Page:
Homecoming awaits for a long-missing Bayfield MarineWhen the rocket arced up from the Vietnamese jungle and hit the U.S. helicopter, Merlin Raye Allen took the brunt of the blast. He was killed, but in the process he saved his best friend and fellow Marine, Jeff Savelkoul.
By: Meg Jones, Milwaukee Journal Sentinel.
MILWAUKEE — When the rocket arced up from the Vietnamese jungle and hit the U.S. helicopter, Merlin Raye Allen took the brunt of the blast. He was killed, but in the process he saved his best friend and fellow Marine, Jeff Savelkoul.
Savelkoul suffered severe burns and broken bones in the inferno that engulfed the helicopter, melting weapons and killing most on board. The remains of Allen, a 20-year-old Bayfield man, were not recovered, but Savelkoul vowed one day he would bring his buddy home.
Last year, a joint U.S. and Vietnamese recovery team excavated the helicopter crash site in Thua Thien-Hue province. Team members found remains that in February were positively identified as Allen’s.
Now, Savelkoul gets the chance to do right by his friend, who forever will be 20 years old.
“It’s been my dream for 46 years, and now it’s coming true. Now I get to go and bring him home. That’s part of the Marine soul,” said Savelkoul, 65.
Allen will be buried in June on York Island in the Apostle Islands, next to his parents’ graves and a marker his family installed in his memory.
Allen is the 10th Wisconsin MIA to be recovered and identified in Vietnam and the first since 2007, according to Tom Mueller, a suburban Milwaukee author who is writing a book about Wisconsin’s combat veterans with two chapters about the 37 Wisconsinites missing in action at the end of the Vietnam War.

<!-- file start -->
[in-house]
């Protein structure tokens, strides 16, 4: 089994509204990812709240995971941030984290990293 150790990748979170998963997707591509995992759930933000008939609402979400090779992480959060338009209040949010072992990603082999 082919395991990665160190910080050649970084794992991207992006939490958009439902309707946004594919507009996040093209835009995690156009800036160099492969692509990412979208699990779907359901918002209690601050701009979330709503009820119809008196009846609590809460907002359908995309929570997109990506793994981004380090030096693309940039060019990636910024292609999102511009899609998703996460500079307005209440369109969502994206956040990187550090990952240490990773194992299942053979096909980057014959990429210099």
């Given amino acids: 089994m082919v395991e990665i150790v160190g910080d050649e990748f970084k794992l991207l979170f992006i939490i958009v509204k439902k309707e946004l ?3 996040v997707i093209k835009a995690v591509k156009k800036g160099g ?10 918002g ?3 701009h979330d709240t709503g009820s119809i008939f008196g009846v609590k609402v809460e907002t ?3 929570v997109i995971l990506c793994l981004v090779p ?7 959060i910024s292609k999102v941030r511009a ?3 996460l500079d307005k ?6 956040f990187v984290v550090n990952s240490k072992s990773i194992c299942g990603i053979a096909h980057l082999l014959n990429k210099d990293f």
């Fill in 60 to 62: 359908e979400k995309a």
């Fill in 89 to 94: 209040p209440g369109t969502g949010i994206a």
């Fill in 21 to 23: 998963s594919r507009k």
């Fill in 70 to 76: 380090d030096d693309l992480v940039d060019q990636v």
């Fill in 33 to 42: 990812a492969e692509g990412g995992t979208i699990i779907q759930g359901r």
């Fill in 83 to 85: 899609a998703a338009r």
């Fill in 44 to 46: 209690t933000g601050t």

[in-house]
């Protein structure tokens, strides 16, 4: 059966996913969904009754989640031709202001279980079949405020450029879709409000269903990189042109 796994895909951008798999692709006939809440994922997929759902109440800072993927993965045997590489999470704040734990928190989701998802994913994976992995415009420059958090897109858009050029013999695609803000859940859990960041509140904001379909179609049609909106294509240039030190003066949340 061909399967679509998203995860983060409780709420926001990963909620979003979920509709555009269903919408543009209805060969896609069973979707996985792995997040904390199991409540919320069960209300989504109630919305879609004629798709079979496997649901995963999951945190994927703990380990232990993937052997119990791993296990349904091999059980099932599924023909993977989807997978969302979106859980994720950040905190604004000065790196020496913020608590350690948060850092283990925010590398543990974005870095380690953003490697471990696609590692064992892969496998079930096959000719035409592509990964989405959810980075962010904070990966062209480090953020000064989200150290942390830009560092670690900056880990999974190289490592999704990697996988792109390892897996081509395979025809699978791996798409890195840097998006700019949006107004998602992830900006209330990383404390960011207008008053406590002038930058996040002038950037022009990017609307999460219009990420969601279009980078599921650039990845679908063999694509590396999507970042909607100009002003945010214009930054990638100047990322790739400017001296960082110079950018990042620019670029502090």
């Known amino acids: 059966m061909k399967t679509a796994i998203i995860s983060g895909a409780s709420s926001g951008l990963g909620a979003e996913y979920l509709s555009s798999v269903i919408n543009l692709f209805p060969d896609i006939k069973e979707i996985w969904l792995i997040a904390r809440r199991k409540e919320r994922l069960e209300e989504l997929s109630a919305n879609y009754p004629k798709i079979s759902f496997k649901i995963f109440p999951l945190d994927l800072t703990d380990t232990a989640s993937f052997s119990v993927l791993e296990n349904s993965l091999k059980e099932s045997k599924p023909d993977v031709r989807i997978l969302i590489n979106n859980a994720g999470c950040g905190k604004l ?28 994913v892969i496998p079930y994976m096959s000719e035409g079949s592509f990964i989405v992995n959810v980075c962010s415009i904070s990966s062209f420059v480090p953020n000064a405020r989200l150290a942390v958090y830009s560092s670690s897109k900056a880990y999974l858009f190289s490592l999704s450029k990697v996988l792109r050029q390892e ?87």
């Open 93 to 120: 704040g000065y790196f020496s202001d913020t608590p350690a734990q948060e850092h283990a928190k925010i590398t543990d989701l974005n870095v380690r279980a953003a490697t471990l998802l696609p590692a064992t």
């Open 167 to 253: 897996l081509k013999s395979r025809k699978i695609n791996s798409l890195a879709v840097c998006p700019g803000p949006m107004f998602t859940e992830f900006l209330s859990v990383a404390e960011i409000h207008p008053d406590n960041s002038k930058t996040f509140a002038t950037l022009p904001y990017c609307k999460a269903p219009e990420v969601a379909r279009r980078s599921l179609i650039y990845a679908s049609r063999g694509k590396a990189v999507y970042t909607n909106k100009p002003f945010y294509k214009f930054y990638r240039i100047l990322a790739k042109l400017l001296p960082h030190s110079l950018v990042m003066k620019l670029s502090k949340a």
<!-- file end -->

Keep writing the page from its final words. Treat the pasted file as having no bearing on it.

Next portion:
A radio operator, Allen was part of an eight-man Marine reconnaissance team that carried ace of spades playing cards, which they left behind in the jungle for their enemies to find. On the afternoon of June 30, 1967, the team was heading to a landing zone in a CH-46A helicopter when small-arms fire began hitting the aircraft as it attempted to land. The pilot lifted up to get away from the gunfire at the same time a rocket blew a huge hole in the side of the helicopter, severing the fuel line and spraying fuel that quickly ignited.
Even though it was more than four decades ago, Savelkoul vividly remembers the details that changed his life.
“We were in the back of the helicopter. There was nowhere to go, we were engulfed,” Savelkoul said in a phone interview from his home in the Twin Cities.
“The inside of the chopper was like an eight-foot culvert with a pile of burning tires in it, that thick, black, oily, smoke … You couldn’t see, you couldn’t breathe.”
With his clothes and backpack — containing a dozen grenades — on fire, Savelkoul remembers seeing streaks of light through the fuselage from enemy bullets. As the pilot tried to clear a ridge, the helicopter hit trees, shearing off the rotors and plunging the aircraft to the ground. Savelkoul was blown out the gunner’s open door, crashing through the trees, suffering fractures to his arm, shoulder, knees and skull. He had burns over 65 percent of his body.
Four men survived the crash. One of them died soon after from his burns in a military hospital in Japan, and another was killed in combat a few weeks later. Only Savelkoul and one other survivor, Mariano Guy of El Paso, Texas, came home from Vietnam.